Listing Ships – Maiden Voyage EP

Following in the Post Rock footsteps of iLIKETRAiNS, Listing Ships have set sail from the high seas on this their Maiden Voyage and found themselves in landlocked Oxford. This four piece features members of From Light To Sound, Sunnyvale Noise Sub-element, Witches and Piexo, all brought together into one into one noisy collective.

Having referred to them as Post Rock might have been premature; there are clear similarities here with the more recents sounds coming from Mogwai, however, more crucial to forming the sound of Listing Ships are the bands that were commonly drawn upon at the inception of Post Rock. The psychedelia and jazz coloured sounds of Krautrock legends Can are an obvious comparison. The walls of distortion, dynamic and rhythmic shifts, combined with confident use of synths, all pull together modern instrument rock and the sounds of 70’s Germany.

As often happens with instrumental music it is hard to really get a true feel of the thematic intention of the artist from the music alone. With titles like ‘All Aboard The Andrea Doria’ and ‘Skipper’s Daughter’, along with the name of the band AND the release, it’s clear there is meant to be a naval/maritime theme running through all the works of this band, but I don’t quite see it, or more accurately, hear it. There is a well formed and cohesive style and sound across all three tracks of Maiden Voyage, but nothing that really evokes anything of the titles.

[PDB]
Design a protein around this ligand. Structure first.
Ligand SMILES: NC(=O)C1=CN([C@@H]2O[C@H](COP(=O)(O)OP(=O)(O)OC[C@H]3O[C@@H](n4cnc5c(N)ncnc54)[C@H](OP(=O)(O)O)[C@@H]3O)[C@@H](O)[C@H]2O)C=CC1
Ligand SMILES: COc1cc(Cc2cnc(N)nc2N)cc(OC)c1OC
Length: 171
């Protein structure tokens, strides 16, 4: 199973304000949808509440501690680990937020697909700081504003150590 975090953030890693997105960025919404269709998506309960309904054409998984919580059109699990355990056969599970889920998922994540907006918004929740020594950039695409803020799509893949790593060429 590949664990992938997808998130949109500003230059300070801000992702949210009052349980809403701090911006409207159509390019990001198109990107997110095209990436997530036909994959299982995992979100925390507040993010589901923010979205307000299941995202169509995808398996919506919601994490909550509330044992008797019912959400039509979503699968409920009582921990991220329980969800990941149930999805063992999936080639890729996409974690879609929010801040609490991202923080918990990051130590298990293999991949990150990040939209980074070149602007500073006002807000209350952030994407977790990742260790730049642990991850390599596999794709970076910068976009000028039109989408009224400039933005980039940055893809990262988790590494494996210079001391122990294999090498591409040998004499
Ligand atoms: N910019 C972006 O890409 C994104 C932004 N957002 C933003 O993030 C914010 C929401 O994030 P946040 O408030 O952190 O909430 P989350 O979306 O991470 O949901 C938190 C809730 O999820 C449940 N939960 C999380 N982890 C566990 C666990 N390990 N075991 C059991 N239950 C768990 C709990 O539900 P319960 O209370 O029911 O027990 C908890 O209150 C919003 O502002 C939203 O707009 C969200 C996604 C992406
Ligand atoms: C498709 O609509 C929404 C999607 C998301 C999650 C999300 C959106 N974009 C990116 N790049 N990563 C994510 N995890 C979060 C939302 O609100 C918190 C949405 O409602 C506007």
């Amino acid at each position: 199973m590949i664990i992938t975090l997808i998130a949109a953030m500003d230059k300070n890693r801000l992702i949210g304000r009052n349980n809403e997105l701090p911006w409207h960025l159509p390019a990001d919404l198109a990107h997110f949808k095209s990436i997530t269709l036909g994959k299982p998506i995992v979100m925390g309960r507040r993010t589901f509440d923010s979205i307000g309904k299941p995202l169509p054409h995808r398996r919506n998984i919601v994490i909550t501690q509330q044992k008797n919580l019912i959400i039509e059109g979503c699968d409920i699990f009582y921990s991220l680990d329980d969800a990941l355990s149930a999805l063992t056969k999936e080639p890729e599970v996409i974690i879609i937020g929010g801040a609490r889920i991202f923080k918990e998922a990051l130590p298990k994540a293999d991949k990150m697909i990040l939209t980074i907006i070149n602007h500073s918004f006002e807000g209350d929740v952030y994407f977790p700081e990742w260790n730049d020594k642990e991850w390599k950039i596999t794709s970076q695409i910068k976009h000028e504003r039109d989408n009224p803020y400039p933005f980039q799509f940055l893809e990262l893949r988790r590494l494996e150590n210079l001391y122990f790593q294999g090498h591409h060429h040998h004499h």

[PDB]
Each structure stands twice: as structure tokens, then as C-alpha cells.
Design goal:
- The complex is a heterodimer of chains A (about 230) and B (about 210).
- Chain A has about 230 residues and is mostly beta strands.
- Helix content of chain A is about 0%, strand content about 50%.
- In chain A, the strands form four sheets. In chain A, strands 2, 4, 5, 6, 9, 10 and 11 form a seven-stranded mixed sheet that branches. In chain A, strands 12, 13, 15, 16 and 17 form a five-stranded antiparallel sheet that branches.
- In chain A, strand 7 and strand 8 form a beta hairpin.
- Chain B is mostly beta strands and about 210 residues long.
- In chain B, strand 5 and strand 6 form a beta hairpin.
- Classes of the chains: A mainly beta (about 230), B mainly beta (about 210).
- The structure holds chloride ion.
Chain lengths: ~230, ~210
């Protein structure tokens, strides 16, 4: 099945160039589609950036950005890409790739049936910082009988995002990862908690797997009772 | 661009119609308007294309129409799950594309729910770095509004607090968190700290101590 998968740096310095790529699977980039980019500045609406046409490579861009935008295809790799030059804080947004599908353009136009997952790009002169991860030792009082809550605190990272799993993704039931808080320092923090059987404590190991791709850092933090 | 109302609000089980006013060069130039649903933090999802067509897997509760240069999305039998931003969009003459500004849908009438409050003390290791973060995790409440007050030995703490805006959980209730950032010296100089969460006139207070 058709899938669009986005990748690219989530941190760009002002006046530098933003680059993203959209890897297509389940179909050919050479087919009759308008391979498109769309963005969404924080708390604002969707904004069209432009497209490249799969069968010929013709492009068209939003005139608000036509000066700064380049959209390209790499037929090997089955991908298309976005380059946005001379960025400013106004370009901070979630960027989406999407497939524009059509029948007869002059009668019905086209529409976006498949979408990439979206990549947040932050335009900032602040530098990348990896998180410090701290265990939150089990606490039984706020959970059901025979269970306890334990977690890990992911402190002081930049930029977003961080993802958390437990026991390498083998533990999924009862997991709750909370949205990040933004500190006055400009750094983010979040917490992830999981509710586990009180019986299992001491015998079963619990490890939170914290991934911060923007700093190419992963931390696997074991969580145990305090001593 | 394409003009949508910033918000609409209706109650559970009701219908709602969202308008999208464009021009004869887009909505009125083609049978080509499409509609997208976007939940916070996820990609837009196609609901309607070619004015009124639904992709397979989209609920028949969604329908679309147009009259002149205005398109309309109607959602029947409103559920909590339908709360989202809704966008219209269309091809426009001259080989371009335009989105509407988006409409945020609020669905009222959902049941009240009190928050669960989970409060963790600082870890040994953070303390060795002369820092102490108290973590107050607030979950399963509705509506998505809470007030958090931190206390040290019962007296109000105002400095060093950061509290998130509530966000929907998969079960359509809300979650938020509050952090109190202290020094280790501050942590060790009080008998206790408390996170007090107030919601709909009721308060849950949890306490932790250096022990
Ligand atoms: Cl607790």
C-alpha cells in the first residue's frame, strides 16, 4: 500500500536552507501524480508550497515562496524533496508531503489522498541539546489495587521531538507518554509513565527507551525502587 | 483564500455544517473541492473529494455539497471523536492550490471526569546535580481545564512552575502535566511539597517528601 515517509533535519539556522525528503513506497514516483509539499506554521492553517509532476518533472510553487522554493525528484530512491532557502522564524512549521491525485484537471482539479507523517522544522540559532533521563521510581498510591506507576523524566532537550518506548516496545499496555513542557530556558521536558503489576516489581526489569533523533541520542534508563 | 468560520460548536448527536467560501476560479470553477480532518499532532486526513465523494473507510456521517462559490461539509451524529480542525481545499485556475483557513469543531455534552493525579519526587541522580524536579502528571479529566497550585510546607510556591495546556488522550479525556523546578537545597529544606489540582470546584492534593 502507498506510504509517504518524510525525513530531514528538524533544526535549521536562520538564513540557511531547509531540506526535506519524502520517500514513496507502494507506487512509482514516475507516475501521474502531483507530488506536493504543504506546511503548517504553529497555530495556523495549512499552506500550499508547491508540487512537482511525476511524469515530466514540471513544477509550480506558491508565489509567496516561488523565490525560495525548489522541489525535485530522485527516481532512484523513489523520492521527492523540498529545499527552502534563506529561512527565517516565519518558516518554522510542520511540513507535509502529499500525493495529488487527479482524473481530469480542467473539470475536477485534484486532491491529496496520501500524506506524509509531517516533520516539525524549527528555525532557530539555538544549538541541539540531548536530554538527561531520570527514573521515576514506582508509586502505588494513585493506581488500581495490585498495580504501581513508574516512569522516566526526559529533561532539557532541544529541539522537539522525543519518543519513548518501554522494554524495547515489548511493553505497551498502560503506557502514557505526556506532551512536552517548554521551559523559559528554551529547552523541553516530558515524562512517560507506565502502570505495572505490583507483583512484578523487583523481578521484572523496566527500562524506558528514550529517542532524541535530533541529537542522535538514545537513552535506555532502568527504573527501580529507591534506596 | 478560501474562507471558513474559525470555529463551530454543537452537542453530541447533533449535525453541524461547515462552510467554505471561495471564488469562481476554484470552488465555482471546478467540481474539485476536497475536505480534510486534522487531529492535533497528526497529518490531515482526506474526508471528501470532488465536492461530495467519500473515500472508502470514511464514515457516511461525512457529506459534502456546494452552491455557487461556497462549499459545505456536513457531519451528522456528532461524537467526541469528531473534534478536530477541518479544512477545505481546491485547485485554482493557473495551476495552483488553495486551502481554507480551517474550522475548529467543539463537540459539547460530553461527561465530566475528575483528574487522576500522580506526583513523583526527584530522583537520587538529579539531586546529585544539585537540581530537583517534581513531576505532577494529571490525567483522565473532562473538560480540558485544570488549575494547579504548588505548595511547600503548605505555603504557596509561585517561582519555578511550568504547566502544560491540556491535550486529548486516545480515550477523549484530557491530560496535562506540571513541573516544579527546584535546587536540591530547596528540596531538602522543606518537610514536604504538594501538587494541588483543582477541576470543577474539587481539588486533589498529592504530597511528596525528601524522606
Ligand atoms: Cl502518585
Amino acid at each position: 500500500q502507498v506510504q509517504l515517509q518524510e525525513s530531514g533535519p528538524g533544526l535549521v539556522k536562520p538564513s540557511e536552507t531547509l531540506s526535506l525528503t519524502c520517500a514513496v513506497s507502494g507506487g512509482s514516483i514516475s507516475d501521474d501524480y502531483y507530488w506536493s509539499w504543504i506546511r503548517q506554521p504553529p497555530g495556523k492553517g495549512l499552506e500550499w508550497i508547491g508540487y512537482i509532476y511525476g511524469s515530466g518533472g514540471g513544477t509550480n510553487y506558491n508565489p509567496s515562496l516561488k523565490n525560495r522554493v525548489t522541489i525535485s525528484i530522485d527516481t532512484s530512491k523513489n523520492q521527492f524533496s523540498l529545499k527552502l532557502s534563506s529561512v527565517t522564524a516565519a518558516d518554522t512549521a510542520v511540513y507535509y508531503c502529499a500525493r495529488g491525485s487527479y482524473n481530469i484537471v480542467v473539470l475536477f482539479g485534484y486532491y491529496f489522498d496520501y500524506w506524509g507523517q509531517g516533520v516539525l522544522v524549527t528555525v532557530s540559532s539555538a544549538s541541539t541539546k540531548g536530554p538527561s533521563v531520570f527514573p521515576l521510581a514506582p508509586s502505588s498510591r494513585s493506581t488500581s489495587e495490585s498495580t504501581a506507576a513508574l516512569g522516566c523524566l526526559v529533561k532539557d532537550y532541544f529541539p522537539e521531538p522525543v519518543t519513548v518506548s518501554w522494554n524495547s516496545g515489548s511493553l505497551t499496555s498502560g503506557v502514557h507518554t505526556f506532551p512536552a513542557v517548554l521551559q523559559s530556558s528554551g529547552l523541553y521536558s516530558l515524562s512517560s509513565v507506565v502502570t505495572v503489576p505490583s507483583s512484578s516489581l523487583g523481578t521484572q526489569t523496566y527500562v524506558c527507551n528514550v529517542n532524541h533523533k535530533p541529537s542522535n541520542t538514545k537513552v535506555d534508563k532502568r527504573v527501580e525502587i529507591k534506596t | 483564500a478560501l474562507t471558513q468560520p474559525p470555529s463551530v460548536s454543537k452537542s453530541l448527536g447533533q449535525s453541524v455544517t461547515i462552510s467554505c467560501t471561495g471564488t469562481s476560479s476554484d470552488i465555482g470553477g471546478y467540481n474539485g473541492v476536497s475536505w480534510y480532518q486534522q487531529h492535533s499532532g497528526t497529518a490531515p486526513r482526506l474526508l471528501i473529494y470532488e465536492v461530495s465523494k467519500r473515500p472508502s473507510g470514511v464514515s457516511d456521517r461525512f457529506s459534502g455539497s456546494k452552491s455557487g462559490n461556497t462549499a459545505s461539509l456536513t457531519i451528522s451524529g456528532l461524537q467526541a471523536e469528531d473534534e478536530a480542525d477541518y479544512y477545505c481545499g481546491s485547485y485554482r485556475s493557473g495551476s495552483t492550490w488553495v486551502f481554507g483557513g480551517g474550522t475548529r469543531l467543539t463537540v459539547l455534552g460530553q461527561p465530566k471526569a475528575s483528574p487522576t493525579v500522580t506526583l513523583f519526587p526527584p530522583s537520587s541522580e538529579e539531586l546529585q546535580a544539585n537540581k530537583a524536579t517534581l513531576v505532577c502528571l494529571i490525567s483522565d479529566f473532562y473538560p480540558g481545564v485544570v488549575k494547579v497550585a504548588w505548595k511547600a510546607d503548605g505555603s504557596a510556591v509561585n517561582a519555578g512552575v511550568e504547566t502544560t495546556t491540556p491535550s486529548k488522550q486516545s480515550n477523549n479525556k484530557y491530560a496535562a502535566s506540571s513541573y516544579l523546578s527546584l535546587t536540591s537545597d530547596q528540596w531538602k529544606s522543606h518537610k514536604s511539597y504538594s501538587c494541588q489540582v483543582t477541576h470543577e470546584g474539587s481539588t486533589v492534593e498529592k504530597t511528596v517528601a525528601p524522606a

This said, I don’t think this leaves these songs lacking one bit. There is a huge amount of energy, enthusiasm and confidence flowing from every riff and beat. Avoiding classic verse/chorus/verse structure leaves them with more space for experimentation and flourish, and this works very well. ‘Skipper’s Daughter’ starts with a light guitar riff, and then after a brief break just turns everything up to 11, like a happy child playing with Daddy’s amplifier.

It really comes across just how much this band want to be doing this on every track. There is no restraint, no sense of studio fear, just a band condensed and packaged into 17 minutes. I imagine from the sound here that Listing Ships must really put on an intense live show.

If you like Post Rock with a bit more excitement and intrigue then this EP is definitely for you. However, I wouldn’t want anyone to have read the above and think that this leads to a divisive and alienating clutch of songs, because that is not this case. If you’re looking for something new or feel sea-winds of risk-taking blowing past, then give these guys a punt, and come on board.